Proceedings of the 6th Annual British Columbia Mine Reclamation Symposium in Vernon, BC, 1982. The Technical and Research Committee on Reclamation      AN INTEGRATED RECLAMATION MANAGEMENT PLAN FOR THE HIGHLAND VALLEY MINING COMPLEX Paper Presented by C.J. Lloyd Faculty of Forestry University of British Columbia                            201 Proceedings of the 6th Annual British Columbia Mine Reclamation Symposium in Vernon, BC, 1982. The Technical and Research Committee on Reclamation AN INTEGRATED RECLAMATION MANAGEMENT PLAN FOR THE HIGHLAND VALLEY MINING COMPLEX ABSTRACT In the Highland Valley, reclamation of large areas of mining disturbance is being undertaken by several mining companies. Methods and objectives for this reclamation are being studied. Soil and vegetation surveys are used to classify disturbed materials into site types which have characteristic reclamation requirements. By integrating site type information, land-use options and reclamation research, reclamation techniques and objectives are proposed for each site type. This approach is suitable for the design of reclamation programs for extensive areas when physical conditions are diverse and mining opera- tions complex. INTRODUCTION The Highland Valley, in the Southern Interior Region of British Columbia, has the greatest concentration of open-pit hardrock mines in western Canada. The area was selected by the Reclamation Section of the Ministry of Energy, Mines and Petroleum Resources (MEMPR), to be the subject of a study which was undertaken by the author during the summer of 1981. The purpose of the study was to evaluate methods and objec- tives for the reclamation of land disturbed by mining activity in the Highland Valley. This paper describes the study method and presents a summary of its results. RATIONALE OF STUDY METHOD At present, there are three mines operating in the Highland Valley and a fourth is expected to come into production soon (Table 1). Changes in mining technology and fluctuations in the price for copper make it hard to make accurate, long-term predictions of the output of ore, waste-rock and tailings. As a result, it is difficult to predict what the extent of reclamation will eventually be. The objective of this study was to 203 Proceedings of the 6th Annual British Columbia Mine Reclamation Symposium in Vernon, BC, 1982. The Technical and Research Committee on Reclamation TABLE 1 CURRENT STATUS OF MINES IN THE HIGHLAND VALLEY  1Logged during exploration. 2Tailings disposal area jointly operated. 204 Proceedings of the 6th Annual British Columbia Mine Reclamation Symposium in Vernon, BC, 1982. The Technical and Research Committee on Reclamation assess areas to be reclaimed, as shown by present conditions, so that prescriptions might be made for the future. Disturbed areas were to be classified into reclamation site types. Each reclamation site type would describe areas of disturbed materials that presented similar conditions for plant establishment and growth and had characteristic reclamation requirements (Figure 1). This classification scheme would be used: 1. to acquire more information about the problems associated with each reclamation site type; 2. to select reclamation techniques for each reclamation site type, based on results of reclamation trials carried out by mining companies in the Highland Valley and other reclamation research; 3. to identify "problem site types" where further reclamation research should be directed; 4. to propose land-use objectives for each reclamation site type using the distribution of natural vegetation in the area as an indication of "what grows where." It could also be used to facilitate prediction of the results of reclamation of the Highland Valley, whatever the size of the area that will eventually be reclaimed. PROPOSED CLASSIFICATION SCHEME Numerous methods of classifying land are described in the literature (Hills, 1961; Krajina, 1965; Environment Canada, 1970). To fulfill the objectives of this study, the classification scheme had to fulfill three requirements: 1. it had to be at a scale suitable for management purposes; 2. it had to be based on information that could be acquired from the available maps and aerial photographs of the area; 3. it could not incorporate natural vegetation as a factor since it was to be applied to areas denuded of natural vegetation. 205 Proceedings of the 6th Annual British Columbia Mine Reclamation Symposium in Vernon, BC, 1982. The Technical and Research Committee on Reclamation  Figure 1.  Reclamation techniques and objectives for each site type. 206 Proceedings of the 6th Annual British Columbia Mine Reclamation Symposium in Vernon, BC, 1982. The Technical and Research Committee on Reclamation Review of Hills' method of classification indicated that disturbed areas in the Highland Valley might be classified according to the following factors: - elevation - aspect - physical properties of material - slope These factors were selected on the assumption that local climate and the retention of moisture in the soil would be the most important factors affecting plant establishment and growth. Slope and physical properties also affect the stability of disturbed areas; reclamation techniques may therefore be modified by the need to control erosion and by constraints on the operation of machinery. Aspect was selected as a factor in the proposed classification scheme because it is commonly assumed to affect local climate and soil moisture content. However, in semi-arid areas differences due to aspect may not be significant (Clark, 1969). At the Bethlehem mine, shelter from prevailing winds affects the success of reclamation (Walmsley, 1977). In the Highland Valley, prevailing winds are from the southwest. Chemical properties of materials (pH, available nutrients, etc.) were not included because: 1. research by Lornex Mining Corporation (1973; undated), Dept. of Soil Science (1975; 1976/77) and Valley Copper Mines Ltd. (1980) on disturbed materials in the Highland Valley has shown that levels of available nutrients are generally limiting to plant growth; 2. fertilization has been required wherever seeding has taken place.  Slope and physical characteristics have an effect on the retention of fertilizer in disturbed materials and there fore on their artificially-created chemical characteristics; 3. chemical characteristics are not readily identified from maps or aerial photographs. 207 Proceedings of the 6th Annual British Columbia Mine Reclamation Symposium in Vernon, BC, 1982. The Technical and Research Committee on Reclamation An additional factor, "visibility from public areas," may be incorporat- ed into the classification scheme. This factor is the subject of another study, the results of which will be published at a later date. PRE-FIELD WORK Information on elevation and slope of disturbed materials was obtained from maps and aerial photographs. Disturbed materials could not be classified immediately according to their physical characteristics since this information could not be obtained from maps or aerial photographs. They were initially grouped according to differences in appearance on aerial photographs. Seven kinds of disturbed material could be distinguished: 1. areas of glacial till whose natural soil covering had been removed, 2. free-dumped waste-rock piles, 3. compacted waste-rock dumps, 4. areas of end-dumped waste-rock, 5. tailings areas, 6. access roads, 7. plant sites and machinery dumps, 8. stockpiled overburden, End-dumped waste-rock will probably not remain after mining operations end (Munroe, 1981). Access roads will not be reclaimed (Highmont Operating Corporation, 1980) or will be ripped (Valley Copper Corpora- tion, 1980). They and the plant sites, once cleared, will probably revert to a condition similar to the compacted waste-rock dumps or areas of glacial till. Free-dumped waste-rock piles may be covered with a thin layer of overburden as part of the reclamation operation. 208 Proceedings of the 6th Annual British Columbia Mine Reclamation Symposium in Vernon, BC, 1982. The Technical and Research Committee on Reclamation Therefore, four kinds of disturbed materials were selected for field investigation: 1. glacial till lacking a natural soil covering (referred to hereafter as "raw till"), 2. waste-rock piles covered with overburden ("overburden/rock"), 3. compacted waste-rock ("compacted rock"), 4. tailings. The distribution of natural vegetation communities was interpreted from aerial photographs and marked on transparencies. Results of a previous vegetation survey of the area (B.C. Research, 1971) assisted in the preliminary identification of communities. FIELD WORK 1. Identification of each kind of disturbed material was checked in the field and samples were taken for the determination of physical properties in the laboratory. 2. Differences in the temperature and moisture content of disturbed materials associated with differences in aspect were investigated. However, a detailed account of this investigation is outside the scope of this paper. 3. All accessible reclaimed sites were assessed using the reclamation inventory method (MEMPR, undated).  These sites included roadways, pipelines, test plots and "final configuration" dumps. 4. A selection of naturally revegetated areas was surveyed. 5. Interpreted boundaries of natural vegetation communities were field checked and representative areas were described in detail from the vegetation communities found in these areas. 209 Proceedings of the 6th Annual British Columbia Mine Reclamation Symposium in Vernon, BC, 1982. The Technical and Research Committee on Reclamation LABORATORY WORK Textural composition of the disturbed materials and soils was determined using the hydrometer method of particle size analysis described by the Department of Soil Science (1978). RESULTS PHYSICAL CHARACTERISTICS OF DISTURBED MATERIALS The physical characteristics of disturbed materials and natural soils sampled are summarized as follows: 1. Raw till and tailings differed significantly in textural composition from each other and from overburden/rock and compacted rock.  Raw till contained more sand-sized and less silt-sized particles.  Tailings contained no particles greater than 2 mm in diameter but were highly variable in composition of particles less than 2 mm diameter. 2. No significant differences in textural composition were found between overburden/rock samples and compacted rock samples. (However, since it was not possible to sample more than one area of compacted rock and since rock type varies throughout the Highland Valley, this result should be interpreted with care.) 3. Overburden/rock and compacted rock were classed as sandy loam according to the USDA classification system (Brady, 1974). Raw till was classed as sand or loamy sand.  Tailings were classed as sandy loam or loamy sand. 4. Natural soils sampled were classed as sandy loam and did not differ significantly in textural composition from overburden/ rock or compacted rock samples. Differences in bulk density between types of disturbed material were not significant. 210 Proceedings of the 6th Annual British Columbia Mine Reclamation Symposium in Vernon, BC, 1982. The Technical and Research Committee on Reclamation EFFECT OF ASPECT The investigation into the effect of aspect on moisture content and temperature of disturbed materials showed that south-facing slopes were only significantly hotter and drier than north-facing slopes when they were exposed to prevailing winds. Areas of raw till were significantly drier than overburden/rock areas and compacted rock areas. ASSESSMENT OF RECLAIMED AREAS Results of the assessment of reclaimed sites are summarized in Table 2. All sites were seeded with grass or grass/legume mixes. All sites were within the elevation range 1300 m to 1400 m. Details of treatment were very variable but records indicated that all sites had been adequately seeded and maintained with fertilizer. Although differences in length of establishment period, seeding rate and fertilizer treatment must be taken into account, it appears that establishment of grass/legume cover has been least successful on exposed, steeply-sloping sites and on a non-irrigated raw till site. THE NATURAL REVEGETATION SURVEY The natural revegetation survey indicated that invasion of disturbed sites does occur when there are sources of propagules nearby and when more sheltered micro-sites exist. NATURAL VEGETATION SURVEY AND LAND-USE INFORMATION During the natural vegetation survey of the Highland Valley, ten natural vegetation communities were distinguished. Community type varies according to elevation, topography, local drainage pattern and soil texture. The distribution of natural vegetation is illustrated in a generalized cross-section of the Highland Valley (Figure 2). The middle slopes of the valley support either Douglas fir communities or, where fire has occurred, lodgepole pine communities. As elevation increases there is a gradual transition to lodgepole pine/spruce communities with spruce becoming increasingly abundant at higher eleva- tions. With decreasing elevation, the forest becomes more open and the 211 Proceedings of the 6th Annual British Columbia Mine Reclamation Symposium in Vernon, BC, 1982. The Technical and Research Committee on Reclamation                                                           212 TABLE 2 SUMMARY OF RESULTS OF ASSESSMENT OF RECLAIMED AREAS  Proceedings of the 6th Annual British Columbia Mine Reclamation Symposium in Vernon, BC, 1982. The Technical and Research Committee on Reclamation  Proceedings of the 6th Annual British Columbia Mine Reclamation Symposium in Vernon, BC, 1982. The Technical and Research Committee on Reclamation lower slopes support Douglas fir/grassland communities. The forest communities are found on sites whose slope varies from 0° to 38° (the steepest natural slope found) and on soils with predominantly sandy loam textures. Two other types of plant communities are found within the forest area. Spruce/alder communities are located on the edges of creeks draining the valley sides. These areas are poorly drained and have silt and silt loam textured soils. Aspen meadow communities are found on small, almost flat areas with silt loam textured soils. These communities have apparently originated from natural infilling of bogs and/or small ponds that developed in depressions on the valley sides. Well-drained areas in the valley bottom support grassland communities. These areas are almost flat and have sandy loam textured soils. However, in many parts of the valley bottom, the distribution of vegeta- tion is markedly influenced by the drainage pattern and various stages of hygric succession can be identified. Sedge/marsh communities are found in areas of shallow standing water and are bordered by willow communities. Adjacent areas, with hummock-and-hollow topography and which are less water-logged, support willow-birch communities. Of the ten natural plant communities, two are of commercial signifi- cance. The grassland communities provide grazing for cattle. Before mining began, ranching was the major land-use in the Highland Valley. Some of the Douglas fir communities were commercially logged before mining activity necessitated more widespread clearing of the forest cover. However, almost all the forest sites in the Highland Valley are rated as "poor" (B.C. Forest Service, 1980). The other vegetation communities found in the Highland Valley are commercially insignificant. The wetland communities are important as habitat for wildlife chiefly deer, moose, elk and waterfowl. Deer, elk and moose, though at present scarce in the Highland Valley because of the mining activity, have in the past used the area for range in the fall and spring (B.C. Fish and Wildlife, 1981). Competition with cattle for grazing has limited wildlife use of the area (B.C. Research, 1971). 214 Proceedings of the 6th Annual British Columbia Mine Reclamation Symposium in Vernon, BC, 1982. The Technical and Research Committee on Reclamation No crops are grown in the Highland Valley; this is probably due to the dry climate and the lack of suitable sites, sources of irrigation water and economic incentive. Fishing is the only important recreational activity, although some hunting is done in the high elevation areas furthest from the centres of mining activity. DISCUSSION CLASSIFICATION OF DISTURBED AREAS The analysis of physical characteristics of disturbed materials, the investigation into the effect of aspect, and the assessment of reclaimed sites indicate that disturbed areas in the Highland Valley should be classified according to the following factors; slope, nature of material, exposure to prevailing winds and elevation. Using these factors eleven reclamation site types were identified: I low elevation tailings II high elevation tailings III low elevation flat overburden/rock (and compacted rock?) IV high elevation flat overburden/rock (and compacted rock?) V low elevation sheltered steeply-sloping overburden/rock VI high elevation sheltered steeply-sloping overburden/rock VII low elevation exposed steeply-sloping overburden/rock VIII high elevation exposed steeply-sloping overburden/rock IX low elevation gently-sloping raw till X high elevation gently-sloping raw till XI low elevation flat raw till OPTIONS FOR POST-MINING LAND-USE When mining has ceased, land-use in the Highland Valley will be deter- mined by the economic climate and the degree of industrial development in the area. There are, however, a number of land-uses that should be considered now, since choice of an appropriate land-use objective for each reclamation site type has an important bearing on the choice of technique. 215 Proceedings of the 6th Annual British Columbia Mine Reclamation Symposium in Vernon, BC, 1982. The Technical and Research Committee on Reclamation Past and present land-uses and the distribution of natural vegetation indicate that the following land-uses should be considered for the Highland Valley. 1. Range:  This would require the establishment of grass and/or legume swards in areas where cattle is not restricted.  Slopes of 30° or more would be little used by cattle for grazing unless forage was in very short supply (Pitt, 1982).  Above 1400 m productivity would probably be low. 2. Agriculture:  Flat or gently-sloping low elevation areas, near to sources of water and where the surrounding topography would maximize water retention, could be irrigated and used to grow crops. 3. Forestry:  Flat to steeply-sloping areas from 1200 m to 1700 m could be used for forestry.  Productivity would probably be low but the eventual value of the crop as well as the aesthet- ic effect should be taken into account.  Natural invasion of areas close to sources of seed would probably occur.  More extensive areas would require planting. 4. Wildlife:  Areas supporting grasses and shrubs, particularly those in early serai stages, not used by cattle, would be of particular value to wildlife.  Close proximity to forest cover would be an advantage. 5. Recreation:  Well-stocked artificial lakes and ponds would increase the recreational use of this area which is already popular for fishing.  The existence of a few roads providing access to both fishing and hunting areas would be advanta- geous. PROPOSED RECLAMATION TECHNIQUES The combination of information about reclamation site types, natural vegetation, natural revegetation and possible land-use options suggests particular reclamation techniques for each site type. Outlines of these techniques are given here; more details are available. 216 Proceedings of the 6th Annual British Columbia Mine Reclamation Symposium in Vernon, BC, 1982. The Technical and Research Committee on Reclamation Low Elevation Tailings These could be used for range or agriculture. Research on the potential of tailings for plant growth has been undertaken in the laboratory (Department of Soil Science, 1976/77). A large test plot was estab- lished on tailings in the Highland Valley in 1981. Creation of wetland communities might be attempted also, although more research into this kind of reclamation is required (Olson, 1981). High Elevation Tailings It is unlikely that these would be valuable for range or agriculture but they could provide grazing for wildlife. These sites could be reclaimed to a condition similar to the aspen meadow communities. Testing of grass, legume or shrub species suitable for high elevation sites is required. Information acquired in other parts of western Canada could be applied to this site type. Low Elevation Flat Overburden/Rock (and compacted rock) The feasibility of establishing grass/legume mixtures on these sites has been well proven by the mining companies in the area. These sites may be used for range. High Elevation Flat Overburden/Rock (and compacted rock) These sites would have less value for range than the preceding type but could provide for wildlife use. Establishment of commercially available legumes at this elevation might be difficult. Trials with "native" species would be informative. Alternatively, these sites could be managed with a view to establishing tree and shrub cover. Local lodgepole pine stock and shrubs could be planted with, following or in place of grass/legume cover. Low Elevation Sheltered Steeply-Sloping Overburden/Rock Establishment of grass/legume cover on this site type is evidently possible. Though this site type has little potential range value, establishment of cover will increase slope stability and reduce ero- sion. The appearance of these sites, which are highly visible to the 217 Proceedings of the 6th Annual British Columbia Mine Reclamation Symposium in Vernon, BC, 1982. The Technical and Research Committee on Reclamation public, would also be improved. If operation of machinery is a problem on these sites they may benefit from treatment similar to site types VII and VIII. High Elevation Sheltered Steeply-Sloping Overburden/Rock These sites are similar to high elevation flat overburden/rock but modification of the species mix will probably be necessary to ensure successful reclamation. Low and High Elevation Exposed Steeply-Sloping Overburden/Rock Both low and high elevation types pose problems for reclamation. There are two ways of avoiding the problems of applying seed to these exposed sites: 1. create mini-terraces to provide microsites.  This may not be operationally feasible. 2. hand-plant dry-land shrubs.   Much research on the use of shrubs for reclamation is being undertaken at present.  With emphasis on the selection of species suitable for the climate of the Highland Valley a more intensive approach such as this would probably be justifiable for these particular site types. Low Elevation Gently Sloping Raw Till This site type poses slight problems due to the dry conditions which develop. However, many raw till areas are narrow strips resulting from pipeline construction. If a sparse grass and/or legume cover can be established, sufficient to reduce the extreme temperature and moisture conditions, natural invasion by trees and shrubs will occur. These sites would then provide wildlife habitat and eventually become re- forested. Complete restocking of these areas may not be desirable if they are to provide access. Extensive raw till areas may require artificial shrub establishment similar to steeply sloping exposed site types. 218 Proceedings of the 6th Annual British Columbia Mine Reclamation Symposium in Vernon, BC, 1982. The Technical and Research Committee on Reclamation High Elevation Gently Sloping Raw Till The choice of species for this site type is important. On small areas of this site type establishment of grasses and legumes may not be necessary before natural invasion occurs. Low Elevation Flat Raw Till Areas of this site type have potential for use as range and, if irrigated, agriculture. Grass and legume establishment is evidently the most appropriate treatment. CONCLUSIONS Developing a reclamation plan in this manner accomplishes the following: 1. makes best use of the knowledge and on-site information acquired by the mining companies in their reclamation ac- tivities to date. 2. provides a tool to assist in future reclamation work.  Now that the factors that should be included in the classification scheme have been selected, the scheme can be applied to other areas of disturbance as they are created.  It can be used as a means of extrapolating results of trials to other parts of the Highland Valley. 3. enables assessment of the outcome of reclamation to be made, whatever the extent of the disturbance that eventually occurs. 219 Proceedings of the 6th Annual British Columbia Mine Reclamation Symposium in Vernon, BC, 1982. The Technical and Research Committee on Reclamation REFERENCES Brady, N.C. 1974. The nature and properties of soils. 8th Edition. Macmillan Publishing Co. Inc., New York. B.C. Fish and Wildlife, Kamloops Branch, Personal communication. B.C. Forest Service. 1970. Forest cover maps. Forest Inventory Division. B.C. Research. 1971. Ecological study: Highland Valley vegetation studies. Prog. Rep. No. 1, Phase 1. Prepared for Lornex Mining Corporation Ltd. Clark, M.B. 1969. Direct seeding experiments in the Southern Interior Region of B.C. BCFS Res. Notes 49. Dept. of Soil Science. 1975. Pedalogical inventory of three sulphide mine areas in S.W. B.C. University of British Columbia.                .  1976/77.  Tailings research selected mines British Columbia. University of British Columbia.                .  1978. Methods manual, pedology laboratory. Environment Canada. 1970. The Canada land inventory report series. No. 1. Objectives, scope and organization. Environment Canada (Lands Directorate). ________________ .  1970.  The Canada land inventory report series. No. 4.  Land Capability classification for forestry.  Environment Canada (Lands Directorate). Highmont Operating Corporation. 1980. Report in substantiation of an application for renewal of permit No. M55 authorizing surface work pursuant to section 11 Mines Regulation Act. Hills, G.A. 1961. The ecological basis for land-use planning. Res. Rep. No. 46 Ontario Dept. of Lands and Forests, Toronto. 220 Proceedings of the 6th Annual British Columbia Mine Reclamation Symposium in Vernon, BC, 1982. The Technical and Research Committee on Reclamation Krajina, V.T. 1965. Ecology of Western North America. Vol. 1. Dept. of Botany, University of British Columbia. Lornex Mining Corporation Ltd. 1973. Reclamation report No. 3 for reclamation programme in 1972. Lornex Mining Corporation. Undated. Characterization of Lornex mine waste as plant growth media. MEMPR. Undated.  Reclamation inventory handbook. Munroe, K. Personal communication. Olson, R.A. 1981. Wetland vegetation, environmental factors and their interaction in strip mine ponds, stockdams and natural wetlands. General Technical Report RM-65. Rocky Mountain Forest and Range Experiment Station. Forest Service, USDA. Pitt, M. Personal communication. Valley Copper Mines Ltd. 1980. Valley Copper project stage 2 report. Vol. 2 Reclamation Plan. Walmsley, J.R. 1977. Reclamation in the Interior Dry Belt at Bethlehem Copper. Proceedings of the British Columbia Mine Reclamation Symposium, Vernon, B.C. 221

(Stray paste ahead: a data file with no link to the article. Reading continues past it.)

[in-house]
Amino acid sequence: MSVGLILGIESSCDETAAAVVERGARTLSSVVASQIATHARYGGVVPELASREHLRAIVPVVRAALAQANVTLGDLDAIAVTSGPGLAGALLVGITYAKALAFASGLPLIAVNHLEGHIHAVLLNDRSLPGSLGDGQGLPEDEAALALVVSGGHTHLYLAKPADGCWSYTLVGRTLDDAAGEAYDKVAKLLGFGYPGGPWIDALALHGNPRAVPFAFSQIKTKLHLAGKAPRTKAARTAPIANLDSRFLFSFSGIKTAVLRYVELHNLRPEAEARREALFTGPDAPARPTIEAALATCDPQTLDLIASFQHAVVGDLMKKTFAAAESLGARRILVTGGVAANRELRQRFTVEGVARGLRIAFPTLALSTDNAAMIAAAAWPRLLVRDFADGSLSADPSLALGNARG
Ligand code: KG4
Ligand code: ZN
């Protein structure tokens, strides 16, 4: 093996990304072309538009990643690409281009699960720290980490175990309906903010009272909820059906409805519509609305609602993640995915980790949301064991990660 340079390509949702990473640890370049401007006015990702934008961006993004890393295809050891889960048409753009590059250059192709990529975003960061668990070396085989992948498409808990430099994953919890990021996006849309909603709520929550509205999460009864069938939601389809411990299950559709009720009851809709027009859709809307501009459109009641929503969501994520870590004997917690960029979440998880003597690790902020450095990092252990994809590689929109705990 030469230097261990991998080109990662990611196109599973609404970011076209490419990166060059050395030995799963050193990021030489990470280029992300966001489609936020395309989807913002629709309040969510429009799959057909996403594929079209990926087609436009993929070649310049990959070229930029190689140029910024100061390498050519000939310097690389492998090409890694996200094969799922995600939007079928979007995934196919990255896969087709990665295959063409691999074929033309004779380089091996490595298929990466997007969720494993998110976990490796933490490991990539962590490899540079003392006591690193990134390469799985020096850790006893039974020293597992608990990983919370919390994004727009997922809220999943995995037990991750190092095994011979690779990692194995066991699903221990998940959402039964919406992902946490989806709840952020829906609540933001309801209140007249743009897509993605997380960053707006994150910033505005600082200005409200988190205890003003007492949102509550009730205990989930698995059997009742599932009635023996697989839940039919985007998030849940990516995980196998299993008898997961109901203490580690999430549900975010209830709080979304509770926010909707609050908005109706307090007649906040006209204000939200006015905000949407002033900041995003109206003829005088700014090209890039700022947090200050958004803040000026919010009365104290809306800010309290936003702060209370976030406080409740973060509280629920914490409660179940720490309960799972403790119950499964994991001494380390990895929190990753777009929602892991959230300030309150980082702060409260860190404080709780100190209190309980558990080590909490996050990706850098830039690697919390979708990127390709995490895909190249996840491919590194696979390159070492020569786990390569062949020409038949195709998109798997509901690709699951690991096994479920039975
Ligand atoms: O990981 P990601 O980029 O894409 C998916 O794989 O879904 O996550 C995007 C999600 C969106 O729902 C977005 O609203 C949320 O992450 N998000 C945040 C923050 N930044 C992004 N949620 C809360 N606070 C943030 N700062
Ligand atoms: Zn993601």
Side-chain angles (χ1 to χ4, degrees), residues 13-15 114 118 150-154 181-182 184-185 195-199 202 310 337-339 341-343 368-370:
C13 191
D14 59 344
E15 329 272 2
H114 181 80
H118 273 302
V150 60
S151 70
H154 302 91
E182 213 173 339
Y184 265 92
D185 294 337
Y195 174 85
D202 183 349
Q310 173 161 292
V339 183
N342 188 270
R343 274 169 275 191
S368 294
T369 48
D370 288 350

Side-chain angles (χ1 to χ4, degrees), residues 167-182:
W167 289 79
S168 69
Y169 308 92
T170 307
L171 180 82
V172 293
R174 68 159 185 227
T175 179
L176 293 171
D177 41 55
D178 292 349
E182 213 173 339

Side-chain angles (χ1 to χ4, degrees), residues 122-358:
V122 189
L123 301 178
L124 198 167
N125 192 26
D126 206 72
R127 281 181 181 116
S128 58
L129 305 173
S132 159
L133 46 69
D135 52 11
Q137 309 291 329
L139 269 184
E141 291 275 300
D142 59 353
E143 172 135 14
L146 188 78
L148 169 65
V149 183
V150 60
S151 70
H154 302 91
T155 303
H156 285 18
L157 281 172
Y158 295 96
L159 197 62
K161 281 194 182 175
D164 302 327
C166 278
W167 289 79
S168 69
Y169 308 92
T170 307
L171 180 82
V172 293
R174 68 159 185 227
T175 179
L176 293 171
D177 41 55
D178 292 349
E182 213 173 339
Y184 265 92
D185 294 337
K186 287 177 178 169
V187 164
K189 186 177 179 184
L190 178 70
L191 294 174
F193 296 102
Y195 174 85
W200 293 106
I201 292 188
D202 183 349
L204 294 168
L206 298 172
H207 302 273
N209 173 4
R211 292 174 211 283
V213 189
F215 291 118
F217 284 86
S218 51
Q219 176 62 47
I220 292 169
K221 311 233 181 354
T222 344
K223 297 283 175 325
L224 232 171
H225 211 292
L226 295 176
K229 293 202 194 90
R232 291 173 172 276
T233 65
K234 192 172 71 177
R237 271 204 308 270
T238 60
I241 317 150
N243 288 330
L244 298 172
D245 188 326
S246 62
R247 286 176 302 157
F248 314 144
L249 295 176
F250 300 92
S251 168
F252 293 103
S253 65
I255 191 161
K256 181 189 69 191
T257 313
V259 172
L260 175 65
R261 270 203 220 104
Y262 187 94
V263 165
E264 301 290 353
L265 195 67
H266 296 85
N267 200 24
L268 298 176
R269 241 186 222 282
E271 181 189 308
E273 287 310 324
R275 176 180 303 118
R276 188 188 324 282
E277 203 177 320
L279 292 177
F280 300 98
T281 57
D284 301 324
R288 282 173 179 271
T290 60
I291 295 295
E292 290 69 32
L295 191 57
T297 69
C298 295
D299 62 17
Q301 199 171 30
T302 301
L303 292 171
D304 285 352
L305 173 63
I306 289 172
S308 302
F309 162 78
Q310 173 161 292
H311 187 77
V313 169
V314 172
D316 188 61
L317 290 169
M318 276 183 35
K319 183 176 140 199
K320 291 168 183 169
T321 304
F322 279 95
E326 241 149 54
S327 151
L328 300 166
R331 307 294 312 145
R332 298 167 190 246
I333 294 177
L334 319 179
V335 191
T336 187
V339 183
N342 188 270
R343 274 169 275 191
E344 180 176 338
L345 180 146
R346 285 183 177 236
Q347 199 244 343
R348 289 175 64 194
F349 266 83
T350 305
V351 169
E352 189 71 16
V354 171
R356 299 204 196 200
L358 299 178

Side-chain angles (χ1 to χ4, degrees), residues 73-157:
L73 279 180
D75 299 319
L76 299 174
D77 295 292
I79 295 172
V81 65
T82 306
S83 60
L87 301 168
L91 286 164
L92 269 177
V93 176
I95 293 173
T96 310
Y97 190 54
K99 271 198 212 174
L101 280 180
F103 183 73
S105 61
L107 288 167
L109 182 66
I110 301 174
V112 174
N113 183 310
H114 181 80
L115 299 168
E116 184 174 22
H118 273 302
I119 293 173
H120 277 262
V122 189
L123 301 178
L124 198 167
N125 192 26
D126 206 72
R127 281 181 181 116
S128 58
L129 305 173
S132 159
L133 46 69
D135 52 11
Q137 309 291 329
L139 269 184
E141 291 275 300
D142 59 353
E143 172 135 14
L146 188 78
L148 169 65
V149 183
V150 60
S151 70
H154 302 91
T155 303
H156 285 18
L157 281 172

Cite

Citation Scheme:

    

Usage Statistics

Country Views Downloads
United States 6 1
Japan 2 0
Germany 1 0
Russia 1 0
City Views Downloads
Mountain View 4 1
Tokyo 2 0
Unknown 2 0
Sunnyvale 1 0
Ashburn 1 0

{[{ mDataHeader[type] }]} {[{ month[type] }]} {[{ tData[type] }]}

Share

Share to:

Comment

Related Items